Simplify Your Self-Care


I told a massage therapist today that I haven’t had a lot of time for self-care because I have a three-year old and a ten month old. She laughed and said on my behalf, “Self-care? WHAT’S THAT?!”

It’s a buzz word. All the mom blogs say we need to make time for self-care. There are apps, books, workshops, and online seminars for it. There are businesses completely dedicated to helping people create self-care routines. There are moms who get up at five o’clock in the morning so that they can read, write, and exercise while my three-year old, Eleanor, is charging into my room at 6:36 AM shouting, “WAKE UP IT’S MORNING TIME. MOMMY GET UP. I’M SO HUNGRY. CAN I HAVE A POPSICLE?”

simplify your self-care

I used to think that I needed to set aside thirty minutes every day just for me. That’s easy to do, right? But life gets in the way. I have to get Eleanor ready for preschool, or it’s time to nurse Jane. I have to do the laundry, or it’s time to prep dinner. I even schedule it on our family calendar, but it’s almost like a joke that’s laughing in my face. “Oh, thirty minutes to yourself? To take care of yourself? Who do you think you are – Taylor Swift?

My problem is that in my desperation for self-care, I try to start too much at once. I printed out a habit tracking worksheet a couple of weeks ago and listed the following daily activities: jog for ten minutes, stretch for ten minutes, journal for ten minutes, play piano for ten minutes, and meditate. I hung it up on the refrigerator door and you know what happened? After two days, I started to ignore it. I averted my eyes the same way you do when you see someone you know at the grocery store, and you walk right by them acting like you never saw them. (Because who has time to talk about nonfat Greek yogurt? THE DEVIL).

Gervase Kolmos wrote “How to Fit Self-Care into Your #Momlife” for Charleston Moms Blog earlier this year, and one of the strategies she offered was so simple: take hot showers alone. Because it’s something you hopefully do every day, it’s easier to turn it into a self-care ritual as opposed to a necessary chore. “We tend to overcomplicate this whole taking-care-of-ourselves thing,” she writes. “I mean, I’m a woman, so I basically overcomplicate everything, but self-care doesn’t have to mean sneakily stealing hours for yourself from your poor neglected family.”

In the spirit of my post “Simplify Your To-Do List,” I decided that I need to pick three very small things that I can do for myself every day. My criteria? They had to be tasks that could be done without a specific time commitment. So, I picked the following:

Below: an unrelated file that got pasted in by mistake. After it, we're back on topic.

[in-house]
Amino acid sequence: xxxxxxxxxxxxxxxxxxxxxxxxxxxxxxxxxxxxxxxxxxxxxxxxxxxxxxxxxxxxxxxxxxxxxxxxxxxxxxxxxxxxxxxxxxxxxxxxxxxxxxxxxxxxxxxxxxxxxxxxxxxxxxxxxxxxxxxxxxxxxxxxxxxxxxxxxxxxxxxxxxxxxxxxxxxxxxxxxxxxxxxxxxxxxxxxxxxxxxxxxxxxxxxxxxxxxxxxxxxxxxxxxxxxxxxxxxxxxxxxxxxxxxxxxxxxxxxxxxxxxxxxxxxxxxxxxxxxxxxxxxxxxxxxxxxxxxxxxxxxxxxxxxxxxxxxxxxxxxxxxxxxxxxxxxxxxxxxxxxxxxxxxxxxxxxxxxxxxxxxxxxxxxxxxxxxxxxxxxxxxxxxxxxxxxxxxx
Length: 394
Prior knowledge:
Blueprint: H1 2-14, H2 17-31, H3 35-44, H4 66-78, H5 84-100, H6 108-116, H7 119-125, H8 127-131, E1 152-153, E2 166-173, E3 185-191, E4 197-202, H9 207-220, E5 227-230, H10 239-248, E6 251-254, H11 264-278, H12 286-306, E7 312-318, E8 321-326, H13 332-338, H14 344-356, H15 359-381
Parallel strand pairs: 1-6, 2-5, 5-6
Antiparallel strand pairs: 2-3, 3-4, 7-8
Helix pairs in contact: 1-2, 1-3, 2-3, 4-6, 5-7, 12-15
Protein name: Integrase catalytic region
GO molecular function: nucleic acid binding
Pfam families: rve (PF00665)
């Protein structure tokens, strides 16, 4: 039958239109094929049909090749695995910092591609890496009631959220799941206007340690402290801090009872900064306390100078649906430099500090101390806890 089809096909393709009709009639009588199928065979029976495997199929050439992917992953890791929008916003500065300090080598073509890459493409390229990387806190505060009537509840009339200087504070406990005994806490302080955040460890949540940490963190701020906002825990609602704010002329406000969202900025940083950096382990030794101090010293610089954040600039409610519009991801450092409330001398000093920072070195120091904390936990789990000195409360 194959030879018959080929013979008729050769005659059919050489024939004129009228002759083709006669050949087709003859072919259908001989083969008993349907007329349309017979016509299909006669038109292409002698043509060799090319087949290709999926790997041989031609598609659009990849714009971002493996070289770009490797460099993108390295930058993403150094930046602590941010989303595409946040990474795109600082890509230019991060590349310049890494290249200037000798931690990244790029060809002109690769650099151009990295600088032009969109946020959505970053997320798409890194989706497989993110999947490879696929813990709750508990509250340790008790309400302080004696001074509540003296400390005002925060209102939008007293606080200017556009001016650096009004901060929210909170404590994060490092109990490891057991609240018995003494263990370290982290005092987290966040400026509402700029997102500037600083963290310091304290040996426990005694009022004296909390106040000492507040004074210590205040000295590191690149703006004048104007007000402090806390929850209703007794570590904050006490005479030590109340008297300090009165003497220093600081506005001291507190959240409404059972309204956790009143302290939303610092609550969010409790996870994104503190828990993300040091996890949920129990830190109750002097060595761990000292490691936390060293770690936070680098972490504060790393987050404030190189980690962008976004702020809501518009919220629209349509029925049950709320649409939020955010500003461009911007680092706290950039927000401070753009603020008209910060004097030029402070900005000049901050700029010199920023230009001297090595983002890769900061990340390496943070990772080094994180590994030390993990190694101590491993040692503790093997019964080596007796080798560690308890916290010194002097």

1. Get on my yoga mat.
  2. Open my journal.
  3. Go outside.

I don’t have to commit to an hour or even a half hour of yoga. All I need to do is unroll my mat and get on it. This simple act could result in nothing but crumbs and juice stains, but it could also lead to a simple stretch or even a couple of deep breaths.

I don’t have to commit to writing a certain amount of pages or a specific length of time. If all I write is, “It’s so early. Why?” That’s okay. But if the kids happen to cooperate or are so enamored with Daniel Tiger that I can get a couple of minutes more, then I can elaborate.

I don’t have to commit to running a half marathon or even around the block. All I need to do is put on my shoes and step out the door. I can just put my hands on my hips and feel the sun on my face, or maybe I can take a strut around the yard.

The point is this: sometimes our expectations for self-care are so lofty that they cannot be attained. Sometimes Pinterest fools us into thinking that we have time to use that DIY bath bomb we made with baking soda and fairy dust. Sometimes that girlfriend from high school who posts pictures on Facebook of her vacation in Bali makes us hate life. But our self-care methods have to be based on us, on our present circumstances, and what we can control.

No one but you can come up with what you need for self-care. Some chick with a TED Talk can convince you that you need to meditate every day to really be happy. Or that new Oprah book club pick can tell you that you, yes you, can have it all if you just change your attitude. But it’s called self-care because it is tailored to you. It’s not based on what people think you need to be happy and feel good. It’s based on what you need at this moment to get you through the day.

So, if you have a minute, try to think of three very small things that you can do to take care of you. It can be as simple as brushing your hair, or splashing cold water on your face. And those three things don’t have to stay the same forever. Self-care changes as you change. What was helpful a year ago might not be helpful now. Cut yourself some slack.

Here’s a suggestion if you’re having a hard time: get off your phone, stand up, and run your fingers through your hair. Self-care doesn’t have to cost a lot of money or time. It just needs to remind you that you’re not only a mom, or a wife, or an employee, or a volunteer. You are you, and you need to love yourself just as much as you love your kids…and Tarzan.


Comments are closed.